Features in Microsoft’s new application are angering local portals

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Features in Microsoft’s new application are angering local portals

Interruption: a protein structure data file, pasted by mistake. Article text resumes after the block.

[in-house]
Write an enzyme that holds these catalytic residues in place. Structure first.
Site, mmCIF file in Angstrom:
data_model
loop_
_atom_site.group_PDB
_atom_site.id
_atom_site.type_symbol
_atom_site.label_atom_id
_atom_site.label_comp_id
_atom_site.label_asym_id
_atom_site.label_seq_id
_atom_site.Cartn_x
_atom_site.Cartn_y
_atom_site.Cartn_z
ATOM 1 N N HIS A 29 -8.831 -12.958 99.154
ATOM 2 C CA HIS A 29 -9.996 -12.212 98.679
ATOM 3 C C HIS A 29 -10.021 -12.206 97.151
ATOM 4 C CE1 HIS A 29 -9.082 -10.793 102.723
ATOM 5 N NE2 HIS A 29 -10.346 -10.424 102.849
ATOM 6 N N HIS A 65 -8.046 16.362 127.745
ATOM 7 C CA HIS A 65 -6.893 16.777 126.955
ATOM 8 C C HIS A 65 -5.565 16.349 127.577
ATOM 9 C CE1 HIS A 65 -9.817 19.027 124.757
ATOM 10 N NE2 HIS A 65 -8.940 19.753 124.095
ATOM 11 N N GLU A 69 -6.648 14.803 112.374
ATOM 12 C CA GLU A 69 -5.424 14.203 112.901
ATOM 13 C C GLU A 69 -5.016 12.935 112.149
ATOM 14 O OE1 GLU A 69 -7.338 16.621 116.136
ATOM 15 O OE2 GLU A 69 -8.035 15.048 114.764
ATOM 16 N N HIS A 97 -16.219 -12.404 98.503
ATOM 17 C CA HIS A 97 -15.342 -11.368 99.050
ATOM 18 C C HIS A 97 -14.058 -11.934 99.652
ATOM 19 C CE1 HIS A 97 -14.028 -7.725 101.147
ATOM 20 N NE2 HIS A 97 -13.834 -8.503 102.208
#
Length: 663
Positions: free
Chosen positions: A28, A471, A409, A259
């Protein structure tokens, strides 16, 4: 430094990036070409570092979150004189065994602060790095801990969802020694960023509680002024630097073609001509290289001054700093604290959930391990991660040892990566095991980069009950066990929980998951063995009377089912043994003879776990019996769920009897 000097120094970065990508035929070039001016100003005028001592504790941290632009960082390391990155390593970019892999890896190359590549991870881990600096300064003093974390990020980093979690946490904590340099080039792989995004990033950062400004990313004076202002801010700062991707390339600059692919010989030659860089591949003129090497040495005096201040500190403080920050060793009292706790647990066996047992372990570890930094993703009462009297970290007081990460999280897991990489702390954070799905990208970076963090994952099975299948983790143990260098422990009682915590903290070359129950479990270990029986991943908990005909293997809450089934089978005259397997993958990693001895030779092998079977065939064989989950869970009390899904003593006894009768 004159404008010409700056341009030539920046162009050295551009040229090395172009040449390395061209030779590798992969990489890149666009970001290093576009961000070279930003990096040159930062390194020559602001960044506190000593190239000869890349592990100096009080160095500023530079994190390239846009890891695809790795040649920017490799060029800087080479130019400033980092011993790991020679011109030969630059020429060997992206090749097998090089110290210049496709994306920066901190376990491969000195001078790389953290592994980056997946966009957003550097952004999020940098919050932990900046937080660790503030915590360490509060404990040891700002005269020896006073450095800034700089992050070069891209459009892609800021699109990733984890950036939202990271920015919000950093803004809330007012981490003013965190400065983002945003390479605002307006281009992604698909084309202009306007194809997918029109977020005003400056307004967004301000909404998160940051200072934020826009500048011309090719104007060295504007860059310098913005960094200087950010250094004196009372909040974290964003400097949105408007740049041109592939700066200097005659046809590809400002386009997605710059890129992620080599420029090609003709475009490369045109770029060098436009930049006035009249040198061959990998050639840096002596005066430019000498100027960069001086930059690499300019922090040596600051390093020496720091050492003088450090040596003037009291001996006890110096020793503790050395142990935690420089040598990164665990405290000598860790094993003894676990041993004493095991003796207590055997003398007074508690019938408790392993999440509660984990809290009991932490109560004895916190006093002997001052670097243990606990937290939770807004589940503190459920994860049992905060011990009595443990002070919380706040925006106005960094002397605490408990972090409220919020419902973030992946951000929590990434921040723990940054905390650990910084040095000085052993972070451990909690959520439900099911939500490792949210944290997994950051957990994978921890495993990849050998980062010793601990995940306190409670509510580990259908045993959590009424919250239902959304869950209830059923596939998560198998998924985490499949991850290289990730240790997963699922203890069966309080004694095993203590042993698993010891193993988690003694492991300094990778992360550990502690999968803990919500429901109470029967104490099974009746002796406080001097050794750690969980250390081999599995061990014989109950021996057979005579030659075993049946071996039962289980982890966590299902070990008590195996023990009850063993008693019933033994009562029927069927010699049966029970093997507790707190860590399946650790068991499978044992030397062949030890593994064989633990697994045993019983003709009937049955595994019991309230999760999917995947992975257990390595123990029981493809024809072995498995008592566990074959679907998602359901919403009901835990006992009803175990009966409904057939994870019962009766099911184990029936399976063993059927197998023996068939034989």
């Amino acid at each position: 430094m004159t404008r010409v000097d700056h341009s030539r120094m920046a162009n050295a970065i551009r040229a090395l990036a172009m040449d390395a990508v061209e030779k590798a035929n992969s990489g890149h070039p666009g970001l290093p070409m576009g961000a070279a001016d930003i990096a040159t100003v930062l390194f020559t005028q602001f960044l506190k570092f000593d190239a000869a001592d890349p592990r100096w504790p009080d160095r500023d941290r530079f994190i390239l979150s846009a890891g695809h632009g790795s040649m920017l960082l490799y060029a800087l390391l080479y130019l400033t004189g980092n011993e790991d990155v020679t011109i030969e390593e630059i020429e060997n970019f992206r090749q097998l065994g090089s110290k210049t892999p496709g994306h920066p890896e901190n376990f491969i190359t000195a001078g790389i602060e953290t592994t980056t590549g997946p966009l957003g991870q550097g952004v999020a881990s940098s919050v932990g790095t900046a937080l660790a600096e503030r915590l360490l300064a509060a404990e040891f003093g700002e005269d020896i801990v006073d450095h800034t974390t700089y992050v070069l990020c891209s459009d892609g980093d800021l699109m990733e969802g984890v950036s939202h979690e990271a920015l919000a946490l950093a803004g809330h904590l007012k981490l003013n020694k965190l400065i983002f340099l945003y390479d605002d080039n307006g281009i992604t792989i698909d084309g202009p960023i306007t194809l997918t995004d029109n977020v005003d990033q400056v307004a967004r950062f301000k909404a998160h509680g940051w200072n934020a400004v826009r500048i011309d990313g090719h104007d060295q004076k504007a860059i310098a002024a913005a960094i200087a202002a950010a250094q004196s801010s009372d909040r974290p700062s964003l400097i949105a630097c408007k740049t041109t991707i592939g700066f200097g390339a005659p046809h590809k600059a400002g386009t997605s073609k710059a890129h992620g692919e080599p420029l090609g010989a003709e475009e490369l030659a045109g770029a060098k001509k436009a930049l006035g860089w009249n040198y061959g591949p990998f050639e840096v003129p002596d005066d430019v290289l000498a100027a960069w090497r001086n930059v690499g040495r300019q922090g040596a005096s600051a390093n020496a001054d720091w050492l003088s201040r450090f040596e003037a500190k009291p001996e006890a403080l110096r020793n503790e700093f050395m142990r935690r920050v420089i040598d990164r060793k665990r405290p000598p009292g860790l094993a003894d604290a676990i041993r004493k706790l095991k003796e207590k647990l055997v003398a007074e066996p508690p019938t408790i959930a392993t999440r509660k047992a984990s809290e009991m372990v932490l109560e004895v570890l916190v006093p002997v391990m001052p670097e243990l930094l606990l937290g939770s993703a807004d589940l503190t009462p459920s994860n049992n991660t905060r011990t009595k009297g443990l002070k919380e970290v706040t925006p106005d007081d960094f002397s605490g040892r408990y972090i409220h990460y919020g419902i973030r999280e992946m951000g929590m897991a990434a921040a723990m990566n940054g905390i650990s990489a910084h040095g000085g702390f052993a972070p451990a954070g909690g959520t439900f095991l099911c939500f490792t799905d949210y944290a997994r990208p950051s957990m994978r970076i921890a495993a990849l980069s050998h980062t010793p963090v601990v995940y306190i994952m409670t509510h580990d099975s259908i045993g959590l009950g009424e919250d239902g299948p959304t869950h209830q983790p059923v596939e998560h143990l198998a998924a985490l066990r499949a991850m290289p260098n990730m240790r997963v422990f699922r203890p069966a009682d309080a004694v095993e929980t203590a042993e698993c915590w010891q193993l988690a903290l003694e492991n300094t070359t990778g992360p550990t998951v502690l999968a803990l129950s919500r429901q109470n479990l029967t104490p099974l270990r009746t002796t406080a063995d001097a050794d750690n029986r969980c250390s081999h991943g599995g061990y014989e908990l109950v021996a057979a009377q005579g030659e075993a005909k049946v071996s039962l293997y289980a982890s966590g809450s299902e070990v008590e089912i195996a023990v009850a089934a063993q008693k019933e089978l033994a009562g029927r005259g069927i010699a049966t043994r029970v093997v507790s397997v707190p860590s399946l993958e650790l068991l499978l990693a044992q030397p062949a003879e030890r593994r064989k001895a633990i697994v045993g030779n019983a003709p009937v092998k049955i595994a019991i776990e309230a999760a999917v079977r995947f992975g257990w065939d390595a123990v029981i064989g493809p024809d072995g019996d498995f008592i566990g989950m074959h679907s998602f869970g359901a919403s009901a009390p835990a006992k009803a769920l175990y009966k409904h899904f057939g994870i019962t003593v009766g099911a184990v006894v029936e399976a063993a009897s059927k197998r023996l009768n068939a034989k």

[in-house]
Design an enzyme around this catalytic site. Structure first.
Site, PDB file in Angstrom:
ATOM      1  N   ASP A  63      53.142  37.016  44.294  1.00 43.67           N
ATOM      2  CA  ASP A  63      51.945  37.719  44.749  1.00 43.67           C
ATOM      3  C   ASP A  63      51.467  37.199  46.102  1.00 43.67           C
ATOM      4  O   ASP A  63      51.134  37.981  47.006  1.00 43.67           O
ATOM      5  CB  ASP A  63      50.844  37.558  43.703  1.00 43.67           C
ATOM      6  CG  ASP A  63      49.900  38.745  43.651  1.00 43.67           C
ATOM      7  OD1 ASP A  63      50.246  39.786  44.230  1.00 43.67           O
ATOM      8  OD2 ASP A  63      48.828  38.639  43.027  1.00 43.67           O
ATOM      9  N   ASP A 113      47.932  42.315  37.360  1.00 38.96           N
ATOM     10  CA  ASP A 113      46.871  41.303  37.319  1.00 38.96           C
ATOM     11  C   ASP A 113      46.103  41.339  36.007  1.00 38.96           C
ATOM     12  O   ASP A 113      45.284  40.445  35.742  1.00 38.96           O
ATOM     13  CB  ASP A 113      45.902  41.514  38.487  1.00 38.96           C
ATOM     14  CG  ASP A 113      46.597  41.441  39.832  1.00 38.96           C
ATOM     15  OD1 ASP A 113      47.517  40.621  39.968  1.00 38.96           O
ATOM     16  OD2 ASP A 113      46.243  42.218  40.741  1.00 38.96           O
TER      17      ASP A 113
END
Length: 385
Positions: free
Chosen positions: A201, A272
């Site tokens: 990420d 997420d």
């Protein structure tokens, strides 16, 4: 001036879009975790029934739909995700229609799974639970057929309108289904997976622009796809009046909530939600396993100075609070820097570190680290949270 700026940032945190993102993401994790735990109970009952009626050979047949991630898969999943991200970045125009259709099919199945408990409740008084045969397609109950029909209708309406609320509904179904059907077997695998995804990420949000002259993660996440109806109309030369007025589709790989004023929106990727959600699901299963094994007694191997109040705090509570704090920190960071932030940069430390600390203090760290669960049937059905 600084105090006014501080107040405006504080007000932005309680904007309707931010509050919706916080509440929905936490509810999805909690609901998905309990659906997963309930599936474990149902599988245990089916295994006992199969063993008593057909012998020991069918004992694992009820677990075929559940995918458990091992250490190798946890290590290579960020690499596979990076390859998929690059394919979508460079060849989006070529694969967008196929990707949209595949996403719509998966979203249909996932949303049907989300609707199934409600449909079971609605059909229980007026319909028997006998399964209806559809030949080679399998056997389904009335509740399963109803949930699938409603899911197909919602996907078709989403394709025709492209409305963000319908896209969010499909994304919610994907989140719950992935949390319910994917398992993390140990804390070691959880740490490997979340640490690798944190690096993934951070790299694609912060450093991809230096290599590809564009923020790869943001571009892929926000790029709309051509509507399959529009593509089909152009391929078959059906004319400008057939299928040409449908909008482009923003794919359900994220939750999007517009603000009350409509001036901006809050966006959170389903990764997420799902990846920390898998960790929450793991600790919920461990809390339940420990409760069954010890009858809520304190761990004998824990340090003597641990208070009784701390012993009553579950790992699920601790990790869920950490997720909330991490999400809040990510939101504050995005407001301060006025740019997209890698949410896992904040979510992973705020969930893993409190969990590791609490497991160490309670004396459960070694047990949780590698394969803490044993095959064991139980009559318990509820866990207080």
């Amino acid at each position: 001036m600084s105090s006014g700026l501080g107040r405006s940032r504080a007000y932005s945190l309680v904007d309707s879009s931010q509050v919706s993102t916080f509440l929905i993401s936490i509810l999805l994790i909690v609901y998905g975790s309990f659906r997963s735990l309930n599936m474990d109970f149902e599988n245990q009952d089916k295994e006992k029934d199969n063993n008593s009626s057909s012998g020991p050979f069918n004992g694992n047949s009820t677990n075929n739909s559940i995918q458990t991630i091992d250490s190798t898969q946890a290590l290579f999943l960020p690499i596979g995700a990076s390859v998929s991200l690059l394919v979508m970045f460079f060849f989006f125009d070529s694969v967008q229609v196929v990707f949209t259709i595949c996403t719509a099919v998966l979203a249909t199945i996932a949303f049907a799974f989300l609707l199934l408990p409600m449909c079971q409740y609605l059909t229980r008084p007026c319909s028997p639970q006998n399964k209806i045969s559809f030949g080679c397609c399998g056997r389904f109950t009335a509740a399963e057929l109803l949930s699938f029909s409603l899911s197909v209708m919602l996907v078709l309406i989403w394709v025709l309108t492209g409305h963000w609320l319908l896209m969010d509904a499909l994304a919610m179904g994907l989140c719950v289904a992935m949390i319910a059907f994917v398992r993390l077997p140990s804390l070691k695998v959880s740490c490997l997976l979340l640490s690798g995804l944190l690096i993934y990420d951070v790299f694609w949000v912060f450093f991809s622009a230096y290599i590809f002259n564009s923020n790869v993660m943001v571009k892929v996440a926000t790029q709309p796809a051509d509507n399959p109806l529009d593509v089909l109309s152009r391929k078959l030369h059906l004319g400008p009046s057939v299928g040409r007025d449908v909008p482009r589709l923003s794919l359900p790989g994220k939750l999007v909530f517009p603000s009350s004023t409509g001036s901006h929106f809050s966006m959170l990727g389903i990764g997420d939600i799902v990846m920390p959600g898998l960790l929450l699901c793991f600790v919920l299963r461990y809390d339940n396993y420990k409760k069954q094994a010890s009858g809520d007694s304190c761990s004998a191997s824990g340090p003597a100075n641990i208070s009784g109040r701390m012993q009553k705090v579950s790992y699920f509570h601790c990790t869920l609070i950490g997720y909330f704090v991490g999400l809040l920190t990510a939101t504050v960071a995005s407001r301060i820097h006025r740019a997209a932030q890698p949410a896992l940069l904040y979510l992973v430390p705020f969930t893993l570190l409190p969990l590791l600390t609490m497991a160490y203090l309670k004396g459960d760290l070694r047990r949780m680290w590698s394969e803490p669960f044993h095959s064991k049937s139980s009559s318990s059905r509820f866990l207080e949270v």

Microsoft’s upcoming service pack has the Internet industry on alert because it disables various contents such as instant messenger services that certain domestic portals have. The new service pack, which is an upgraded version of the Windows XP application for personal computers, is scheduled to be released next month. This version contains strict security functions and disables functions such as instant messenger windows or online games that require a pop-up window. Those who wish to use these functions must go through a process to release bans on the pop-up windows. Although domestic firms understand Microsoft’s initial purpose to strengthen security measures, they are worried that the upgraded application will damage their services. Industry insiders say that several companies are even considering taking legal measures, because the service pack does not affect Microsoft’s own MSN messenger program or homepage services. Those Internet firms that incorporate pop-up windows are the most worried. For instance, Cyworld, a popular mini-homepage service provided by Nate.com, recently tested its program on Microsoft’s new application and discovered that the system blocks access to Cyworld because the homepage is a pop-up window. The ban may be undone, but users must follow certain procedures that may be difficult for those who are unfamiliar with computer systems. Also, companies are worried that Web users will think that their sites are “bad” since they are banned. The service blocks programs that enable person-to-person links through firewalls. This endangers Korean instant messenger programs such as Sayclub, Buddy Buddy, and Nate On. It also blocks certain online games, since thousands of users can log on simultaneously. One positive feature for a user is that Microsoft’s service pack frees him from unwanted pop-up window advertisements and computer viruses. Internet businesses, however, are furious. “This will cause great changes in Internet environments, and yet Microsoft is carrying out these changes without any prior consultation with consumers or other industry members,” said Kwon Seung-hwan, an official at Nate.com. Microsoft, however, argues that in the long run, the service will be favorable for consumers. “Security was the most important factor in our upgraded service pack. It may be a bit uncomfortable at first, but we plan to deal with problems that arise after we release the product,” a Microsoft Korea official said. by Yoon Chang-hee

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